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Researching the best neighborhoods in Medellin? Don’t miss Sabaneta!

If you’re researching the best neighborhoods in Medellin for digital nomads, it might seem like it’s just about choosing between Laureles or Poblado. This Guide understands that. I was the same way. Poblado didn’t look like it was my style (and it isn’t, despite having the best donut shops: Where do you get donuts in Medellin?), so I had planned to stay two months in Laureles until my Airbnb turned out to be unusable: What to do if your Airbnb is unusable? When I went looking for a new place on short notice, I ended up moving to Sabaneta. And it was an excellent decision. Let me tell you about my favorite place to be a digital slowmad in Medellin…

Is Sabaneta too far away from the action?

Let’s clear this up first, because it was the reason I initially didn’t even consider Sabaneta: The distance. It looks far away from everything. It’s the last stop on the Metro. The end of the valley! And you notice that when you’re there. You’ve got mountains right out the windows on three sides. But they’re beautiful mountains and it’s actually easy to get to everything in the middle of Medellin. There are two Metro stops to hop on and the highway running up the river straight through the center of the city.

Depending on the time of day, it felt faster to travel from Sabaneta to Poblado than Laureles to Poblado.

Its distance from the center of Medellin is also one of the key selling points of Sabaneta because it’s maintained its character as a separate town. You can really feel that in the main square…

Check out the reviews on Sabaneta’s main square. Have you ever seen a square in the world that so many people have taken the time to review? And given so many five star ratings? It’s a good park. 

Enjoy Sabaneta's main square

Sabaneta has preserved the character of the original, small town, traditional Colombian main square, and it gives so much life to the area. There’s this green park in the center with massive trees shading planters full of ferns and flowers. There’s the church which will have crowds lined up out into square on Sundays and holidays.

Restaurants and cafes and bars line the sides of the square, with blue and red plastic tables and chairs setup outside. On the weekends, people setup market stalls selling crafts and candy and street food. It’s like a relaxed, chill, but vibing carnival every weekend. All of the restaurants will be packed and spilling out onto the streets every Friday and Saturday night. But it’s not overwhelmingly massive. And it’s clear a lot of people know each other. It’s a place you can be social with your neighbors. 

On the corner of Sabaneta’s main square, on the Easter long weekend. It’s a little more crowded than a typical Friday night, but notice the cotton candy and balloons–the whole family is coming out to enjoy a meal and a walk around in the beautiful always-spring weather that defines Medellin’s valley.

How is Sabaneta for Digital Nomads?

One reason I had to leave my place in Laureles was the splotchy internet. When I was searching for a place in Sabaneta, my host didn’t know how fast the internet was but felt it was good enough. That wasn’t the most reassuring thing to hear, but I took a chance, and it turned out to be the fastest speeds I had anywhere in Medellin. My Airbnb also had a pool and a gym and was surrounded by big grocery stores and small local fruit markets.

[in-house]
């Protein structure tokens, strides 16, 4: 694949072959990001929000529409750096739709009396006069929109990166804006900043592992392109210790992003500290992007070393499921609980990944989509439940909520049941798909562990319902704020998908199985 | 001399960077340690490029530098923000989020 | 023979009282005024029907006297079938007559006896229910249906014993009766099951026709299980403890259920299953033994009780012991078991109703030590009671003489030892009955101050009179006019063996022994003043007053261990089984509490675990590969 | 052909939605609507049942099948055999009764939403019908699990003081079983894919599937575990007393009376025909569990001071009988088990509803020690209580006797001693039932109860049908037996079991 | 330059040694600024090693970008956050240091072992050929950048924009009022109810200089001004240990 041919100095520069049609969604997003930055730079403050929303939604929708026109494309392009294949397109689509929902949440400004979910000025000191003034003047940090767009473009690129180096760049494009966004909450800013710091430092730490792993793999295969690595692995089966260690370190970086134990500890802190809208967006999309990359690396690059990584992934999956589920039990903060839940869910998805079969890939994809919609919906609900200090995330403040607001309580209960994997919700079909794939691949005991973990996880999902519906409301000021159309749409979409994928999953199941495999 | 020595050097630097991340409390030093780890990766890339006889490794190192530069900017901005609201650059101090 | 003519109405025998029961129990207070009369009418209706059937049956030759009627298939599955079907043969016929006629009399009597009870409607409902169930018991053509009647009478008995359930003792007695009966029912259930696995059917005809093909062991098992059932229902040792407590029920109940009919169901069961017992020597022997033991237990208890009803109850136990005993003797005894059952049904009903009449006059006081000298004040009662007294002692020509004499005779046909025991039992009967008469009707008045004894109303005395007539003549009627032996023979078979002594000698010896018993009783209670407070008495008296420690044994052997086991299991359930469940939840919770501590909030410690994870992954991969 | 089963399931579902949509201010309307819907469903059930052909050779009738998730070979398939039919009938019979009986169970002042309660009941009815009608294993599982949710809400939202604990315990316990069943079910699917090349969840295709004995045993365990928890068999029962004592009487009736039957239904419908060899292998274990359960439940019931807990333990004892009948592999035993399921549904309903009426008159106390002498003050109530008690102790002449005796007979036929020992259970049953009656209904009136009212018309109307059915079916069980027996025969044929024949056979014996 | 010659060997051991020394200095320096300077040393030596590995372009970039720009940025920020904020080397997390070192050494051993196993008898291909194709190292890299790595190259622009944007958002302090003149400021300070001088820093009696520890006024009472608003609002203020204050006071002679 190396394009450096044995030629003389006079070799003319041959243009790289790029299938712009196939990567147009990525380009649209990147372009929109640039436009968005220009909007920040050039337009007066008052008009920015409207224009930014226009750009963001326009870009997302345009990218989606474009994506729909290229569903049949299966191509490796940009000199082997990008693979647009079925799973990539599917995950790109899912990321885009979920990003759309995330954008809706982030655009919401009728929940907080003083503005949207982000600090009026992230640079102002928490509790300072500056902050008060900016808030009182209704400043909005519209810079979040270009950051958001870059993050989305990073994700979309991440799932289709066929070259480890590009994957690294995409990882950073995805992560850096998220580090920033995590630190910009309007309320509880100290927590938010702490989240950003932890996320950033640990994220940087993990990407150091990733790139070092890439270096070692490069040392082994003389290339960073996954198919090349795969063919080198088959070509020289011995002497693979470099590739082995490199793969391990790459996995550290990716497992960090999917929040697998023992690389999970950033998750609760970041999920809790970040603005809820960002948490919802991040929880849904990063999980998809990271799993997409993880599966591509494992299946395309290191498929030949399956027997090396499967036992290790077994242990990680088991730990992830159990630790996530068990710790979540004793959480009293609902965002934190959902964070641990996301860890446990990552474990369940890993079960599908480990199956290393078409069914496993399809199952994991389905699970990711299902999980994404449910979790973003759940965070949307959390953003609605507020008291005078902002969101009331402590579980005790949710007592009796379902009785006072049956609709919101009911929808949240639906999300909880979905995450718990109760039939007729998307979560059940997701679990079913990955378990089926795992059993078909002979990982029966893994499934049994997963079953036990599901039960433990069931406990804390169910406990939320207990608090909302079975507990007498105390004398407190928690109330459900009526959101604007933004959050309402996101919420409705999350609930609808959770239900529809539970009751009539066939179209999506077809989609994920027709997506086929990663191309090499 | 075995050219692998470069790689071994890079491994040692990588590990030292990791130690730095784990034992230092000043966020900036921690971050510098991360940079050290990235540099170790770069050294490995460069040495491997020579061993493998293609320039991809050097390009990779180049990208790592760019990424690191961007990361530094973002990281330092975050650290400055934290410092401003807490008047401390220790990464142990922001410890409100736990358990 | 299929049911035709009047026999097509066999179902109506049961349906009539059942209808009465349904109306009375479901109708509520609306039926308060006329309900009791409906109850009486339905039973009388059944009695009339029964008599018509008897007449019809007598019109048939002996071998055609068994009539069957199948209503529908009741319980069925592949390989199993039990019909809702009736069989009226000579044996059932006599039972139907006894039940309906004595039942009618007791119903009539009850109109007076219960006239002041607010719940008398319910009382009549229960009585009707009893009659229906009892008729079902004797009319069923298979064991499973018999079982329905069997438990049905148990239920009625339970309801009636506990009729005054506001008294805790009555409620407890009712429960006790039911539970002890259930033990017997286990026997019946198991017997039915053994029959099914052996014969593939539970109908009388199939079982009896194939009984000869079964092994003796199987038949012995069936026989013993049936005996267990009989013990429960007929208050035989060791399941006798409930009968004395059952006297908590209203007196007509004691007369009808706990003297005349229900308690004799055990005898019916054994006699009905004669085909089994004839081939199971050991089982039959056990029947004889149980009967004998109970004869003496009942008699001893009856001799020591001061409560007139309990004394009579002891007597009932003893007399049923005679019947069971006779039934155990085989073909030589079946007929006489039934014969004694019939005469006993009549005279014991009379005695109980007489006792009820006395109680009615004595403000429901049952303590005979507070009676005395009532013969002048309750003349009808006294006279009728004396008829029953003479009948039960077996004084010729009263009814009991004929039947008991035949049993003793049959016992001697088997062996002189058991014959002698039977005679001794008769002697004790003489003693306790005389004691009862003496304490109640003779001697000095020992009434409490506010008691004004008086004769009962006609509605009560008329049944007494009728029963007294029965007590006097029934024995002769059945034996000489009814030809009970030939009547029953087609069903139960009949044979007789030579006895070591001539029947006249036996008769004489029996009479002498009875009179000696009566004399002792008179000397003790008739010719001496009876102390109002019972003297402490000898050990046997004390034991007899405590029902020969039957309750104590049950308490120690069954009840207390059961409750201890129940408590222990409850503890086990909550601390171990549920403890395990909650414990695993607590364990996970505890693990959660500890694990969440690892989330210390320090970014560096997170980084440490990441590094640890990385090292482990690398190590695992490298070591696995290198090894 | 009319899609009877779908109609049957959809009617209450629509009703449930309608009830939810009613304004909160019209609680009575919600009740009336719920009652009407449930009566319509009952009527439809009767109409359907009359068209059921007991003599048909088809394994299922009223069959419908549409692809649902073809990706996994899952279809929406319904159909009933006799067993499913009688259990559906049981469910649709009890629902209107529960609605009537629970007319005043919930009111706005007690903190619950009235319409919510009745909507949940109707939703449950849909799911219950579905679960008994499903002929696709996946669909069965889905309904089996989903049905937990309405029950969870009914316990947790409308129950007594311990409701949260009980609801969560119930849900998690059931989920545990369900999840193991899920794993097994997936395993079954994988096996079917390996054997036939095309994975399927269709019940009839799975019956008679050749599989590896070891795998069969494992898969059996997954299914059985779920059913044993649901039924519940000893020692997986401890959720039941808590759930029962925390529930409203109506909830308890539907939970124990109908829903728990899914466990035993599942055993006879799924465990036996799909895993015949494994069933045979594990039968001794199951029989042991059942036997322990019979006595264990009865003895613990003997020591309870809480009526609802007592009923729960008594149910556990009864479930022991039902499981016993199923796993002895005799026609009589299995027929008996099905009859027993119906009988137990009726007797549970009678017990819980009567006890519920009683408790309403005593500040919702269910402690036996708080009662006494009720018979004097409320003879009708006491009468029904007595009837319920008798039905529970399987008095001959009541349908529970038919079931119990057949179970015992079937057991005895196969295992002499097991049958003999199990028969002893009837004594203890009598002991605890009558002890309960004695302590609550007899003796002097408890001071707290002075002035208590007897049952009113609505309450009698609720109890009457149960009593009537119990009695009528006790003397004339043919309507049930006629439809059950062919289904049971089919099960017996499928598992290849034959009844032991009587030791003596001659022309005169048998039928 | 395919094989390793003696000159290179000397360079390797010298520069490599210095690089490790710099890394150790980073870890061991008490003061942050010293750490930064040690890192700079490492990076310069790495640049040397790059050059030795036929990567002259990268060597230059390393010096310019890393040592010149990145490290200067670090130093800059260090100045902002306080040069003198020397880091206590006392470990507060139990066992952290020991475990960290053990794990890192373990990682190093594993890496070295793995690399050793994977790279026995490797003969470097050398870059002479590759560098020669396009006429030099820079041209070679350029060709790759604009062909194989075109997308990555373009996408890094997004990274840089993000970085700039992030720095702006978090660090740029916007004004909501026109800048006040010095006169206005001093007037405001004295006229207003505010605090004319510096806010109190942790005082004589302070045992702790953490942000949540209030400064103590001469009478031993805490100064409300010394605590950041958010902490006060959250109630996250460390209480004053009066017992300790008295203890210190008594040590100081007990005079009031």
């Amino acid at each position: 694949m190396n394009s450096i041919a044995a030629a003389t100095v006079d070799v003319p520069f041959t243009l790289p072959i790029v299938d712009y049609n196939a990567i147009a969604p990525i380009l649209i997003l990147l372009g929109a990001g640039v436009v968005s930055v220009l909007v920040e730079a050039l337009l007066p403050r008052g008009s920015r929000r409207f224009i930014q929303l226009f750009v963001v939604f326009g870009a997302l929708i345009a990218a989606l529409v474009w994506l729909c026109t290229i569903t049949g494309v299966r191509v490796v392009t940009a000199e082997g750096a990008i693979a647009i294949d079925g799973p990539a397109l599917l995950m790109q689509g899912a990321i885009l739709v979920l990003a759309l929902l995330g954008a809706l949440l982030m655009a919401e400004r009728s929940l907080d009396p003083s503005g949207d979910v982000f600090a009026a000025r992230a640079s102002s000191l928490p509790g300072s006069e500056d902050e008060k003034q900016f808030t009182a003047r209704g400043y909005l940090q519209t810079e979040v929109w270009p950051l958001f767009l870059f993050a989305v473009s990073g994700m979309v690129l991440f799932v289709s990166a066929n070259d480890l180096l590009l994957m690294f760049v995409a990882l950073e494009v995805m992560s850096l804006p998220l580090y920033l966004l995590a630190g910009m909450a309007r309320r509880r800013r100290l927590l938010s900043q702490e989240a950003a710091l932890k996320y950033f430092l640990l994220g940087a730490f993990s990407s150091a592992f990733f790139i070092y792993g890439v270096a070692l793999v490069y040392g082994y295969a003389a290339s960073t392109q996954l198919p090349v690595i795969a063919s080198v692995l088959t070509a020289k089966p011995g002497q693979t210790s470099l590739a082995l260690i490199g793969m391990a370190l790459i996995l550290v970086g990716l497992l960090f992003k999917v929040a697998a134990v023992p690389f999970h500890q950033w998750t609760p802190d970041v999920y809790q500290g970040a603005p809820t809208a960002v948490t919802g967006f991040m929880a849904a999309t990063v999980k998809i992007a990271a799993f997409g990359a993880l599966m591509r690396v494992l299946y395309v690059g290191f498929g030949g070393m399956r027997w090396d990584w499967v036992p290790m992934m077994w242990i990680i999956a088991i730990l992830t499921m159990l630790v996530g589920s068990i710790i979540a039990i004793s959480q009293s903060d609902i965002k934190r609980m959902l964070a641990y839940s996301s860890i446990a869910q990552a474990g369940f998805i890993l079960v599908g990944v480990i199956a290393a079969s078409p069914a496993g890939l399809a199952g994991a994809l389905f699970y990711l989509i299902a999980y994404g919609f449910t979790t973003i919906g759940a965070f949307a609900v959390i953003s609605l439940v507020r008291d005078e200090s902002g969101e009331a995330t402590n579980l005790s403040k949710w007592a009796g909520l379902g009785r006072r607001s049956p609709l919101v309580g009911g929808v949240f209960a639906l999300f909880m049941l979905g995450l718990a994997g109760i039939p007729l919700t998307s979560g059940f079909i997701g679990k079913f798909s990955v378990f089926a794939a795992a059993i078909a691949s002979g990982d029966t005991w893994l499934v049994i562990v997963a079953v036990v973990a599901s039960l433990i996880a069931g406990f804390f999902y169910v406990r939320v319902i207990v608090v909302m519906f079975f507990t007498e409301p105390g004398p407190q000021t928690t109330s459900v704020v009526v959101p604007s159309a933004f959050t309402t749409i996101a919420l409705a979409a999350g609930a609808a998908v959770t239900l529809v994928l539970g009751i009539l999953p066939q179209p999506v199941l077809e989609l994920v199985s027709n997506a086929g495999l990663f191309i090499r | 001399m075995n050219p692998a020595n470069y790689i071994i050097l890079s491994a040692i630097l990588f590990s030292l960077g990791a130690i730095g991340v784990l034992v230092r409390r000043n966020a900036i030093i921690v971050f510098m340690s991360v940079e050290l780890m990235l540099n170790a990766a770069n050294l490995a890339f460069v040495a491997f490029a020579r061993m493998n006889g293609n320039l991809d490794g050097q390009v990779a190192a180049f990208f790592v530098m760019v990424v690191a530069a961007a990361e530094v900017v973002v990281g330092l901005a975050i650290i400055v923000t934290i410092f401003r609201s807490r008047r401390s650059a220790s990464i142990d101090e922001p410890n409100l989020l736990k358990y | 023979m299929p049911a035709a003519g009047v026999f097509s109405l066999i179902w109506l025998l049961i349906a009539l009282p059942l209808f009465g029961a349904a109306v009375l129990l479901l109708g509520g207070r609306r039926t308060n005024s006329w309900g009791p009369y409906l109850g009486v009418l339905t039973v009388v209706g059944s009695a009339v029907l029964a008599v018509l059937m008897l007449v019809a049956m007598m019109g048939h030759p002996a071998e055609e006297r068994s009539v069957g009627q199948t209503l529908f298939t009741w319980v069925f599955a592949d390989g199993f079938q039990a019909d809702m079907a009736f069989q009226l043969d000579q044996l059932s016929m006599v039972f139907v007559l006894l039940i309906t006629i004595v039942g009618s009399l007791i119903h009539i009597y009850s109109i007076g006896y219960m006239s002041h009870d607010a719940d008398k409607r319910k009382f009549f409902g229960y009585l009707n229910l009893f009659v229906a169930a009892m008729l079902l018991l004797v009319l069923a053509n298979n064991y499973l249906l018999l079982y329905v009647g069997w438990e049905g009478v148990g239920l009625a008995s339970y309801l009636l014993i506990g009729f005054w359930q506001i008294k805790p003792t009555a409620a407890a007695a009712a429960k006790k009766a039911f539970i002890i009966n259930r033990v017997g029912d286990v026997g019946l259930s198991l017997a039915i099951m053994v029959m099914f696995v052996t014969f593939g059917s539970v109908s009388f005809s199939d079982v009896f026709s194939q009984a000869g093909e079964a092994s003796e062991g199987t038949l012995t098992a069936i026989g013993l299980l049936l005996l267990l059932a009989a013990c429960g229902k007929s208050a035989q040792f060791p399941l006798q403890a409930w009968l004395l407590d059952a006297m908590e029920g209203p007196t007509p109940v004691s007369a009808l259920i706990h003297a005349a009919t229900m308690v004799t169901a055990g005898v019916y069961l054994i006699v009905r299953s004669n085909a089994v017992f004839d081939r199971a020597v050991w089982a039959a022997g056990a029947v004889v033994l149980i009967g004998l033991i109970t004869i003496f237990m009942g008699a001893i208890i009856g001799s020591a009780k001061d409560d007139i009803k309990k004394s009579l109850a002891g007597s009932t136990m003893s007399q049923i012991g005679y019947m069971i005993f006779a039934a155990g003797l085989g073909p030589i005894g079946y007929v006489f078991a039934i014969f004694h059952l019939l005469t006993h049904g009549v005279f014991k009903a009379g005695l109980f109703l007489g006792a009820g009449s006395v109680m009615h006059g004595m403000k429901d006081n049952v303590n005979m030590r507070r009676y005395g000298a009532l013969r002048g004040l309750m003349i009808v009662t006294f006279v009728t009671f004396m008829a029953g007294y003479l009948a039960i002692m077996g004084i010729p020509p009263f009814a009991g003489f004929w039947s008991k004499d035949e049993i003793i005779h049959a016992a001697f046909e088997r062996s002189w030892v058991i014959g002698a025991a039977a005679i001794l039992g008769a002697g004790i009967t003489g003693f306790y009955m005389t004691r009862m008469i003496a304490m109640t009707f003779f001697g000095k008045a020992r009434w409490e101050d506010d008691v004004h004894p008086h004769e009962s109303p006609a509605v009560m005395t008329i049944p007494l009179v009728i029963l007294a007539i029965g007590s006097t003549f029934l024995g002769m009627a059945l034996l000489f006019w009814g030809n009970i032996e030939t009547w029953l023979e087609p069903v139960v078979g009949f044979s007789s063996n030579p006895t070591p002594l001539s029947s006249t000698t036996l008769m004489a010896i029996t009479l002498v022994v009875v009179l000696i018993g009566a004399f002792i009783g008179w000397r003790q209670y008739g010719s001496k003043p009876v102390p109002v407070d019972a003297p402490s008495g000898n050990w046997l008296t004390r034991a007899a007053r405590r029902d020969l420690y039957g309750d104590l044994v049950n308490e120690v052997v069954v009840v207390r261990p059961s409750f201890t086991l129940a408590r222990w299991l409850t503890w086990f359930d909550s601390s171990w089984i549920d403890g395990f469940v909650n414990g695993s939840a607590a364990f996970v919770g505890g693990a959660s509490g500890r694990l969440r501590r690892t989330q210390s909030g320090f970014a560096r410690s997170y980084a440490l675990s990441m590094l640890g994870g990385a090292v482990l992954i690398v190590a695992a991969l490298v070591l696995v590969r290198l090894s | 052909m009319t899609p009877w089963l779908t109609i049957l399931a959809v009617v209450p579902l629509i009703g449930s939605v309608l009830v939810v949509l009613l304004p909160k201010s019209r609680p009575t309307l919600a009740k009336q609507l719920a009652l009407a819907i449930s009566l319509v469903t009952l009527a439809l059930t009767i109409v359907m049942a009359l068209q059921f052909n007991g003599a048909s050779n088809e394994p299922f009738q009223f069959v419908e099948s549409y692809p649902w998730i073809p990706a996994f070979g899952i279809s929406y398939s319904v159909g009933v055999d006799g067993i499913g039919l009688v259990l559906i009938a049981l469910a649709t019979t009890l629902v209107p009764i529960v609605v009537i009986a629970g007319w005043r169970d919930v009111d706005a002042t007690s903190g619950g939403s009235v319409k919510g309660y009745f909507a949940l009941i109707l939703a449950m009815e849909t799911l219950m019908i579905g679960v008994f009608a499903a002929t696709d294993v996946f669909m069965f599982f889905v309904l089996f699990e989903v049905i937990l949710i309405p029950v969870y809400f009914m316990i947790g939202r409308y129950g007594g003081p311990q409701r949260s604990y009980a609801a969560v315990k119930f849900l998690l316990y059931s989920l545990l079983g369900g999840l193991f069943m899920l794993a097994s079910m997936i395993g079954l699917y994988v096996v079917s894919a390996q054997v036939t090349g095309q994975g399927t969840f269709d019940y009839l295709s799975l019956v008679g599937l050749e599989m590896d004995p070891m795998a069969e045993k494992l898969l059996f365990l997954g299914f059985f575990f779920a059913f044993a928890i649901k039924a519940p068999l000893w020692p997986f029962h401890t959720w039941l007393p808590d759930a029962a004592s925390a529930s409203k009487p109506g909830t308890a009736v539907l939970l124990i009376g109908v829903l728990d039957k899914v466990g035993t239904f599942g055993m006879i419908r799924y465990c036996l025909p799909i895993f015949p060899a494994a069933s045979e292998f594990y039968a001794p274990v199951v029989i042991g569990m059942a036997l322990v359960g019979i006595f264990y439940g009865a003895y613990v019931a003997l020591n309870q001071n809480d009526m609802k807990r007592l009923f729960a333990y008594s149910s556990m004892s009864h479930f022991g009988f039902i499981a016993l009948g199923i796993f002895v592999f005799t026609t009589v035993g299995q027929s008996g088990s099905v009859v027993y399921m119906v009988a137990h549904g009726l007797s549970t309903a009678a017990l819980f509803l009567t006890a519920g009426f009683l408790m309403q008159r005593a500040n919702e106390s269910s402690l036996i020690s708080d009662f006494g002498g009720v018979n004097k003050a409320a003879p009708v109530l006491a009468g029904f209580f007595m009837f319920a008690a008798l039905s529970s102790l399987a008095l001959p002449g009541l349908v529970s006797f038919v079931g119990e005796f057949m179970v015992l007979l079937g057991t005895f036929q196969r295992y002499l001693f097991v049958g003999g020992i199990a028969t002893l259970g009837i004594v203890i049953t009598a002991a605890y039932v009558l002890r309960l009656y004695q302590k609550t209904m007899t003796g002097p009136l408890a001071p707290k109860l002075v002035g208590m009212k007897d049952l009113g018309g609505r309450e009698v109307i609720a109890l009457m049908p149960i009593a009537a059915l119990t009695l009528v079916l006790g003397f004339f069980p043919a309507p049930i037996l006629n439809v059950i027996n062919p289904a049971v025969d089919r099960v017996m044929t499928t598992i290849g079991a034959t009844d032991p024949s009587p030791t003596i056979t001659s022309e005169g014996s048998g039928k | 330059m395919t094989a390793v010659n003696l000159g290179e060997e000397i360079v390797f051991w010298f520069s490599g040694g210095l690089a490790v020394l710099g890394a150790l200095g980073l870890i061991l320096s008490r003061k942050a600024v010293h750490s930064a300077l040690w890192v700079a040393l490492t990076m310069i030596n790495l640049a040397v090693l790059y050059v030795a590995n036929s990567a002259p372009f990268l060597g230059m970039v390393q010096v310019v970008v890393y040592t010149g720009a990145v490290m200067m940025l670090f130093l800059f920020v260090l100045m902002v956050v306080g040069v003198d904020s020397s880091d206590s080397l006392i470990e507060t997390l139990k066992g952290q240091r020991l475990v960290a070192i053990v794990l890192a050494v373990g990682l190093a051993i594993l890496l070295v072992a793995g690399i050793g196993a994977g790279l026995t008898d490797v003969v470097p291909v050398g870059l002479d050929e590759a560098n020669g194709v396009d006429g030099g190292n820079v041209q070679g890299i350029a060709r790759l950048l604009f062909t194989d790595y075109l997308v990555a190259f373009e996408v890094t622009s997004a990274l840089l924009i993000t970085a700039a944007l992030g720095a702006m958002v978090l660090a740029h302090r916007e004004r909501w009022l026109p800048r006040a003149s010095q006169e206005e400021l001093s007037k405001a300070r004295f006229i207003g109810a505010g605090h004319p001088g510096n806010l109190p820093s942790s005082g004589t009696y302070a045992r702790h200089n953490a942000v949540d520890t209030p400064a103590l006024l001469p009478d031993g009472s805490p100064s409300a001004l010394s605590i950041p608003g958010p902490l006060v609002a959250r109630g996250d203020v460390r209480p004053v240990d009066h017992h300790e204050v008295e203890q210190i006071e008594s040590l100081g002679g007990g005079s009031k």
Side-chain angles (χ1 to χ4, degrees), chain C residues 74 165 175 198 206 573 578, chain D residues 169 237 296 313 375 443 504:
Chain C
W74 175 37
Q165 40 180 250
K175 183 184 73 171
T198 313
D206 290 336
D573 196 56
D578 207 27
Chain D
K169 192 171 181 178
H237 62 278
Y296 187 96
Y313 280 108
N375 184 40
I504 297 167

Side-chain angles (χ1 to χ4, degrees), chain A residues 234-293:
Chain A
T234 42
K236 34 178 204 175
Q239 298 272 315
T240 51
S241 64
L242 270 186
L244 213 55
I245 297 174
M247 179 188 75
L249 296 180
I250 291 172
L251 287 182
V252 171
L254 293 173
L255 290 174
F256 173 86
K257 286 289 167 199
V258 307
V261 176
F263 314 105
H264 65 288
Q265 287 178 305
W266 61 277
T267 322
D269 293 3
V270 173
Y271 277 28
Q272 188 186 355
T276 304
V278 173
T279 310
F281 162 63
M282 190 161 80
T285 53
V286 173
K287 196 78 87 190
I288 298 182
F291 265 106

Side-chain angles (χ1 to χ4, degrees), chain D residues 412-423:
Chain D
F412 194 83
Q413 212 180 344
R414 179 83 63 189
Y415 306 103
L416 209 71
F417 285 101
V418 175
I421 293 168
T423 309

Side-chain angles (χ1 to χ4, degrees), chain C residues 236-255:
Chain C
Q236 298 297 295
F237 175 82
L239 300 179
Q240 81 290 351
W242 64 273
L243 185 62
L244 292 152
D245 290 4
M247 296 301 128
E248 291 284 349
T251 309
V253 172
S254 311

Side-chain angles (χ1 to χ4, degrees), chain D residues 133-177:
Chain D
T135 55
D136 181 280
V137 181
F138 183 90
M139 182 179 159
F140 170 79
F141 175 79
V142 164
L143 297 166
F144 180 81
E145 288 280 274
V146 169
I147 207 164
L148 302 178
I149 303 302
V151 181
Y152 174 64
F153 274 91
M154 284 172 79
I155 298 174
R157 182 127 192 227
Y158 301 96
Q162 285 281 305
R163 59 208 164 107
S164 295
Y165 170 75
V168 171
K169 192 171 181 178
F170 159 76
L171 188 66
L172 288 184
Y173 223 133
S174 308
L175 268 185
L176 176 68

Of all the places I stayed in Medellin, I had the best access to everything I needed for nourishing myself in Sabaneta, without needing to play frogger running across highways–something I had to do often in Laureles and Poblado.

Next time I’m traveling in Medellin, Sabaneta will be my first choice for setting up base. 

At street level, Sabaneta is an easy grid of leafy streets and quiet, open-air cafes and restaurants. Up in your apartment tower, you’ll have dramatic views of storm clouds gathering over the mountains each day during Medellin’s rainy season.

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3 thoughts on “Researching the best neighborhoods in Medellin? Don’t miss Sabaneta!”

  1. Pingback: What cities have consistent great temperatures? • The Mindful Field Guide

  2. I would love to know more about Sabaneta !
    is it safe ? How do people treat foreigner’s ?
    What would you say was the least best thing about Sabaneta and why. Is there a wide variety of things to do such as sports, gym etc or is it very limited.
    Thank you !

    1. I really enjoyed Sabaneta. I grew up in rural Canada where the local bank was robbed at gun point several times until the bank closed it permanently, but many people think of Canada as safe. I wasn’t aware of any bank robberies while I was in Sabaneta. While traveling, I’d say it’s useful to always practice streetsmarts and proper security precautions. I enjoyed walking around Sabaneta every day. There wasn’t anything in particular I didn’t like. My favorite thing was probably the compact, walkable nature of the neighborhood, all connected through the main square. Everything was easily accessible. There were many grocery stores and restaurants. My building had a pool and gym, so I didn’t visit the local gym. But there was a SmartFit nearby and a sports training ground on the way to the metro station.

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